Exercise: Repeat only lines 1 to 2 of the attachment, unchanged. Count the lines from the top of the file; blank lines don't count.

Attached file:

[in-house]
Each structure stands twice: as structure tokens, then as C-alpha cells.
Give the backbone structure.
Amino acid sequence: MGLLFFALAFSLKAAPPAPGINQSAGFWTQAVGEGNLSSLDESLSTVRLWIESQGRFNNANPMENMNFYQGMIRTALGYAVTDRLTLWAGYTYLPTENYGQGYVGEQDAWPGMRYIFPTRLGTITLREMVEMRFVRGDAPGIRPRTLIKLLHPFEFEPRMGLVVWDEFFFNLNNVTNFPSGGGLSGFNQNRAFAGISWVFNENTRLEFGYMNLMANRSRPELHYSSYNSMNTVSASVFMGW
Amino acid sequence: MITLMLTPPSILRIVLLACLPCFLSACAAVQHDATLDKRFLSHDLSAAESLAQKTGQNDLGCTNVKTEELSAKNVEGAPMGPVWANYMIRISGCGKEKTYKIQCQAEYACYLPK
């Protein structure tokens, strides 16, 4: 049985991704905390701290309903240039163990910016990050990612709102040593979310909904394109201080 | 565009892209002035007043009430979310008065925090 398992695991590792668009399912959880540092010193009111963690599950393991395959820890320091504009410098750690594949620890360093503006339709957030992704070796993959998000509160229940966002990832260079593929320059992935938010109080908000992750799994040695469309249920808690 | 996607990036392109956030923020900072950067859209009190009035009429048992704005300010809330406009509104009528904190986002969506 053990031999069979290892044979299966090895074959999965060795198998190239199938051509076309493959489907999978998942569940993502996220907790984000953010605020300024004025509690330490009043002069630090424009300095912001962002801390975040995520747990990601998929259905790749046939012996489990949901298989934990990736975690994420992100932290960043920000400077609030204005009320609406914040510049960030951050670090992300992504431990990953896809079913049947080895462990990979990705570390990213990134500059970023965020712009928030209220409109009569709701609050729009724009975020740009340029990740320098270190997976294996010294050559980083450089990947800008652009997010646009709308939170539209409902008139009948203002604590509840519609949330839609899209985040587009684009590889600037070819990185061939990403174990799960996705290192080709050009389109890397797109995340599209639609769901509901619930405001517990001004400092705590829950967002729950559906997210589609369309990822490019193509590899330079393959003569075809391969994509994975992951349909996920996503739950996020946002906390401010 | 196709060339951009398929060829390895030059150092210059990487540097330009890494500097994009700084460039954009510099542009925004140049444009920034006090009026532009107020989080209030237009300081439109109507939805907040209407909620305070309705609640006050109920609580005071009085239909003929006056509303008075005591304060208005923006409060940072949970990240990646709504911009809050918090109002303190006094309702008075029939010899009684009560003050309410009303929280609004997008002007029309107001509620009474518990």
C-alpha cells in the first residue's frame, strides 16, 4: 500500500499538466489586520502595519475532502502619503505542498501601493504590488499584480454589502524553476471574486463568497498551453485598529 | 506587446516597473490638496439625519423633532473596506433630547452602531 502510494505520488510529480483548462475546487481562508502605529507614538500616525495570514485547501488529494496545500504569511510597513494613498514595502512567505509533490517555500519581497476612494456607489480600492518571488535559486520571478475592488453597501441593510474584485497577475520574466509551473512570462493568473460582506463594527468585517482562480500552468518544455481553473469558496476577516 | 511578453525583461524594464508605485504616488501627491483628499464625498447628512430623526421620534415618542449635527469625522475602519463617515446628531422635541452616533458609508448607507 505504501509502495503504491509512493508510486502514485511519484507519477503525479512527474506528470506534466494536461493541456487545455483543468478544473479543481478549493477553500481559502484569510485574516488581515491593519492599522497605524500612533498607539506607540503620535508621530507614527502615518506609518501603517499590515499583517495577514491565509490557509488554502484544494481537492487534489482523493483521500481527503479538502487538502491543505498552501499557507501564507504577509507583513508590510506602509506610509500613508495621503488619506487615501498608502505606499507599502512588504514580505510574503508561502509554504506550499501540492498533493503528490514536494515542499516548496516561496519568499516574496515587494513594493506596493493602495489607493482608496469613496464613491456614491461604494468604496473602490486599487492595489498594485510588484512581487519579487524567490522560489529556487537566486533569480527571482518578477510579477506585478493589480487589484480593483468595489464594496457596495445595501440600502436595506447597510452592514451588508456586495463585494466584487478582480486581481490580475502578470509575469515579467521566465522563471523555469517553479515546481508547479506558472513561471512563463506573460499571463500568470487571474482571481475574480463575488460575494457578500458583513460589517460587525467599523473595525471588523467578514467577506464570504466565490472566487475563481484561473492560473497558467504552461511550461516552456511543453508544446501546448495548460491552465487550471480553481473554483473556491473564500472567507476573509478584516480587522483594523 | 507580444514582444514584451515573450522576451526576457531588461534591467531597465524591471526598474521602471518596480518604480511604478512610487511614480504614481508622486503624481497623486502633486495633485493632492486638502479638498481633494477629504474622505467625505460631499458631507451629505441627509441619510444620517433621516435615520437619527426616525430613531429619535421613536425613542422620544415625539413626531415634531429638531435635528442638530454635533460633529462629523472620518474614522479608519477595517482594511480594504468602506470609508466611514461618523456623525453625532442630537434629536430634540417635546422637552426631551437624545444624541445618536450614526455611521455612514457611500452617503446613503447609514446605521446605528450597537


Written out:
[in-house]
Each structure stands twice: as structure tokens, then as C-alpha cells.